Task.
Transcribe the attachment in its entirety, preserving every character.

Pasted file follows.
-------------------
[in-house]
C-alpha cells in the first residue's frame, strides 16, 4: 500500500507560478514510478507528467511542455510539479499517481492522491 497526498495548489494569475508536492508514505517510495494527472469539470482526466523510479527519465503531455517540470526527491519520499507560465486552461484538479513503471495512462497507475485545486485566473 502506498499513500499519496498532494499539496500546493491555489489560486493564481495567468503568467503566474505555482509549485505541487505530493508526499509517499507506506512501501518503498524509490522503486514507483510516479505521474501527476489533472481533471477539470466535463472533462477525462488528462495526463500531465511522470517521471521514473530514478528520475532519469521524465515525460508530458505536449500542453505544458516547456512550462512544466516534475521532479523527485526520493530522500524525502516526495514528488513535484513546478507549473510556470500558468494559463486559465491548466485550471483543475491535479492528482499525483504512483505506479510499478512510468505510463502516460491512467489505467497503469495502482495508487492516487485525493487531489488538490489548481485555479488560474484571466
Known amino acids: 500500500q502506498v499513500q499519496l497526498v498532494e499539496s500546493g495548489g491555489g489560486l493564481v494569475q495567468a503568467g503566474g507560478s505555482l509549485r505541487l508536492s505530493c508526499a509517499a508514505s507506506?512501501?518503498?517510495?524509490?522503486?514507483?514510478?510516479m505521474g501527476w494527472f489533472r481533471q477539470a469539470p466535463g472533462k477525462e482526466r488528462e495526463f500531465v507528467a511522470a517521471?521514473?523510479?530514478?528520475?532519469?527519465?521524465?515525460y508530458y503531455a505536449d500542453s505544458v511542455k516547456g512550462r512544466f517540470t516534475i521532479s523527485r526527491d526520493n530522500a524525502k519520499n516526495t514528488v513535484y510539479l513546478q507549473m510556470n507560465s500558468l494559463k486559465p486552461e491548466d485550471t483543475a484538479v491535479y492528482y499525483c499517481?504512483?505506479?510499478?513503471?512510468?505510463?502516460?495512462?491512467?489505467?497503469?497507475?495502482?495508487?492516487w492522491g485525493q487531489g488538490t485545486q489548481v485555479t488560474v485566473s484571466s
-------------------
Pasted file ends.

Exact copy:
[in-house]
C-alpha cells in the first residue's frame, strides 16, 4: 500500500507560478514510478507528467511542455510539479499517481492522491 497526498495548489494569475508536492508514505517510495494527472469539470482526466523510479527519465503531455517540470526527491519520499507560465486552461484538479513503471495512462497507475485545486485566473 502506498499513500499519496498532494499539496500546493491555489489560486493564481495567468503568467503566474505555482509549485505541487505530493508526499509517499507506506512501501518503498524509490522503486514507483510516479505521474501527476489533472481533471477539470466535463472533462477525462488528462495526463500531465511522470517521471521514473530514478528520475532519469521524465515525460508530458505536449500542453505544458516547456512550462512544466516534475521532479523527485526520493530522500524525502516526495514528488513535484513546478507549473510556470500558468494559463486559465491548466485550471483543475491535479492528482499525483504512483505506479510499478512510468505510463502516460491512467489505467497503469495502482495508487492516487485525493487531489488538490489548481485555479488560474484571466
Known amino acids: 500500500q502506498v499513500q499519496l497526498v498532494e499539496s500546493g495548489g491555489g489560486l493564481v494569475q495567468a503568467g503566474g507560478s505555482l509549485r505541487l508536492s505530493c508526499a509517499a508514505s507506506?512501501?518503498?517510495?524509490?522503486?514507483?514510478?510516479m505521474g501527476w494527472f489533472r481533471q477539470a469539470p466535463g472533462k477525462e482526466r488528462e495526463f500531465v507528467a511522470a517521471?521514473?523510479?530514478?528520475?532519469?527519465?521524465?515525460y508530458y503531455a505536449d500542453s505544458v511542455k516547456g512550462r512544466f517540470t516534475i521532479s523527485r526527491d526520493n530522500a524525502k519520499n516526495t514528488v513535484y510539479l513546478q507549473m510556470n507560465s500558468l494559463k486559465p486552461e491548466d485550471t483543475a484538479v491535479y492528482y499525483c499517481?504512483?505506479?510499478?513503471?512510468?505510463?502516460?495512462?491512467?489505467?497503469?497507475?495502482?495508487?492516487w492522491g485525493q487531489g488538490t485545486q489548481v485555479t488560474v485566473s484571466s